"To him who has the patience and industry, many mysteries are thus revealed, which no political sagacity or critical acumen could have divined. He leans over the shoulder of Philip the Second at his writing-table, as the King spells patiently out, with cipher-key in hand, the most concealed hieroglyphics of Parma, or Guise, or Mendoza.... He enters the cabinet of the deeply pondering Burghleigh, and takes from the most private drawer the memoranda which record that minister's unutterable doubtings; he pulls from the dressing-gown folds of the stealthy, soft-gliding Walsingham the last secret which he has picked from the Emperor's pigeon-holes or the Pope's pocket.... He sits invisible at the most secret councils of the Nassaus and Barneveldt and Buys, or pores with Farnese over coming victories and vast schemes of universal conquest; he reads the latest bit of scandal, the minutest characteristic of King or minister, chronicled by his gossiping Venetians for the edification of the Forty."[52]

All this material and more was in Prescott's hands, and he made full use of it. His narrative, moreover, was told in a style which was easy and unstudied, less glowing than in the Mexico, but even better fitted for the telling of events which were so pregnant with good and ill to succeeding generations. In the pages of Philip II. we have neither the somewhat formal student who wrote of Ferdinand and Isabella, nor the romanticist whose imagination was kindled by the reports of Cortés. Rather do we find one who has at last reached the highest levels of historical writing, and who with perfect poise develops a noble theme in a noble way. The only criticism which has ever been brought against the book has come from those who, like Thoreau, regard literary finish as a defect in historical composition. The author of Walden seemed, indeed, to single out Prescott for special animadversion in this respect, and his rather rasping sentences contain the only jarring notes that were sounded by any contemporary of the historian. Thoreau, writing of the colonial historians of Massachusetts, such as Josselyn, remarked with a sort of perverse appreciation: "They give you one piece of nature at any rate, and that is themselves, smacking their lips like a coach-whip,—none of those emasculated modern histories, such as Prescott's, cursed with a style."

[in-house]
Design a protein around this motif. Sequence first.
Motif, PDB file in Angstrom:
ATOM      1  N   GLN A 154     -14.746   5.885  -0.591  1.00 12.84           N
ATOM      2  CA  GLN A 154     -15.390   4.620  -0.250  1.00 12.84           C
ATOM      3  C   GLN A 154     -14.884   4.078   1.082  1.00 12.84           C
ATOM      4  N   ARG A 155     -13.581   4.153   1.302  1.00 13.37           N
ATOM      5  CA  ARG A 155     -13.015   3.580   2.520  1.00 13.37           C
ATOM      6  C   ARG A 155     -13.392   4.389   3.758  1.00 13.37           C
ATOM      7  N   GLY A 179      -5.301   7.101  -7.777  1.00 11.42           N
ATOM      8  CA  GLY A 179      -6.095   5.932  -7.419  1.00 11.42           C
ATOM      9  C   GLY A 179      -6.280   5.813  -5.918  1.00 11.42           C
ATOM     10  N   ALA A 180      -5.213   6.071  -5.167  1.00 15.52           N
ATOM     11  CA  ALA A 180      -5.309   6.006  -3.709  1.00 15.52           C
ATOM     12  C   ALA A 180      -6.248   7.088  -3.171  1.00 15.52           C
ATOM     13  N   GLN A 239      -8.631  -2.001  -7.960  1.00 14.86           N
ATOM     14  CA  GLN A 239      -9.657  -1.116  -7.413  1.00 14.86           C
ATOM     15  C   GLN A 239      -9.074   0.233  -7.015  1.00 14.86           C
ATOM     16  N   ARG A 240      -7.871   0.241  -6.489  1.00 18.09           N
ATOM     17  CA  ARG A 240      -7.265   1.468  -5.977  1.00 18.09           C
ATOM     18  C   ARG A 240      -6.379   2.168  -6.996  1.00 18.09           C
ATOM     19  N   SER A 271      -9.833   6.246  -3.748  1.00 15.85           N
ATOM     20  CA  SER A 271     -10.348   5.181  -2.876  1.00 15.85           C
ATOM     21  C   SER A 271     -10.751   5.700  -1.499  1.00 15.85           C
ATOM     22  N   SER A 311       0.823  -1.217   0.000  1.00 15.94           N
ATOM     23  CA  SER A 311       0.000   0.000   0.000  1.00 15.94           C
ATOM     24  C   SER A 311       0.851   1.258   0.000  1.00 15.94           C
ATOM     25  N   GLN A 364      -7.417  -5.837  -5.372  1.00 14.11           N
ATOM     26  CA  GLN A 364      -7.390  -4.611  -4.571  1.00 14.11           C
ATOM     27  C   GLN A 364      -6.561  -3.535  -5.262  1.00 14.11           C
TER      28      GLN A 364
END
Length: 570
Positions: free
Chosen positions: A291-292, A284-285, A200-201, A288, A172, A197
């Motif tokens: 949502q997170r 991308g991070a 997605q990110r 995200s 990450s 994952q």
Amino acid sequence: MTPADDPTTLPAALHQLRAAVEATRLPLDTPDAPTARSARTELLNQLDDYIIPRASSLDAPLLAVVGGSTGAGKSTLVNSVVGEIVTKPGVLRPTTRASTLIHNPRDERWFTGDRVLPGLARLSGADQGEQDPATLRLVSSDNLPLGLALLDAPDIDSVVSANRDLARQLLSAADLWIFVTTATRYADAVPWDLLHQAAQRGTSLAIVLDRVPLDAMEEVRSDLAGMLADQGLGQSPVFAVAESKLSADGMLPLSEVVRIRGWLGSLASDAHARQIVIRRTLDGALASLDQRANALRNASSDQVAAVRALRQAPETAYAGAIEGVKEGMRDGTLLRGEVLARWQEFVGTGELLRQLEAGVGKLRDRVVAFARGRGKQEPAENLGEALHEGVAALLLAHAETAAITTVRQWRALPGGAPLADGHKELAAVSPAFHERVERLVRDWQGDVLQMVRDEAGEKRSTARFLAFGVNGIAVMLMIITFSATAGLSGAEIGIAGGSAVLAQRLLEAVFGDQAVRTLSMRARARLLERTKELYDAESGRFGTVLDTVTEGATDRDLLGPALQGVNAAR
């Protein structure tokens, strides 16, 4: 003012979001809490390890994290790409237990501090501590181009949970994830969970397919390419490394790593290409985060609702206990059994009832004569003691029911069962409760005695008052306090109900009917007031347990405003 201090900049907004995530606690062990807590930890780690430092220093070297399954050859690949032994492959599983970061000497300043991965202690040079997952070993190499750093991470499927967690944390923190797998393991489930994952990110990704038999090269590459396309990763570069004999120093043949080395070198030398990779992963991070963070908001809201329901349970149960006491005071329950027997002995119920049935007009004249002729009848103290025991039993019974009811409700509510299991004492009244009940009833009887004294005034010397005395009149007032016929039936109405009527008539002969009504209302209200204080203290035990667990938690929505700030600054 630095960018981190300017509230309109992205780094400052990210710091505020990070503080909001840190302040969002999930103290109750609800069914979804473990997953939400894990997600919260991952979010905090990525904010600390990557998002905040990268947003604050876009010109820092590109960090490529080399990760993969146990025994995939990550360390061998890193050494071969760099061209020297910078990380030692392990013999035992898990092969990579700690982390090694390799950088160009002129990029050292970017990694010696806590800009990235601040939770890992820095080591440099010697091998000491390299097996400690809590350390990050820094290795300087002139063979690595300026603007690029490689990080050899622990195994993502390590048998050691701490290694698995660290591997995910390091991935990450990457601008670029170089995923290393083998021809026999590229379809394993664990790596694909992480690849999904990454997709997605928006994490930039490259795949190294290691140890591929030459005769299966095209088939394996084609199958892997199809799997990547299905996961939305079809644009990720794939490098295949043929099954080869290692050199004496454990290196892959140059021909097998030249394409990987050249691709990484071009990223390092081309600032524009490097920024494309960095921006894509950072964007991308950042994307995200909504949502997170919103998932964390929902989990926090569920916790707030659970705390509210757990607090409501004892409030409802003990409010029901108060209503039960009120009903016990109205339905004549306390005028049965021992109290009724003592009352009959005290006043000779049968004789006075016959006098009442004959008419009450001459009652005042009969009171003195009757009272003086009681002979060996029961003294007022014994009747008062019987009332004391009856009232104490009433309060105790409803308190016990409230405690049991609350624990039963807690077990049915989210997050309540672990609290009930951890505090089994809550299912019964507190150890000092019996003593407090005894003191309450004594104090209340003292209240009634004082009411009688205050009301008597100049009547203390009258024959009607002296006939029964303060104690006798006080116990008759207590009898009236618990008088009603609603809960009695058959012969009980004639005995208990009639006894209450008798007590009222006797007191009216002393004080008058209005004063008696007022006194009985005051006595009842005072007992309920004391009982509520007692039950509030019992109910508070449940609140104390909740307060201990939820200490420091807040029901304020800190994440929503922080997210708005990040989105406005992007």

If style be really a curse to an historian, then Prescott remained under its ban to the very last. As a bit of vivid writing his description of the battle of Lepanto was much admired, and Irving thought it the best thing in the book. A bit of it may be quoted by way of showing that Prescott in his later years lost nothing of his vivacity or of his fondness for battle-scenes.

First we see the Turkish armament moving up to battle against the allied fleets:—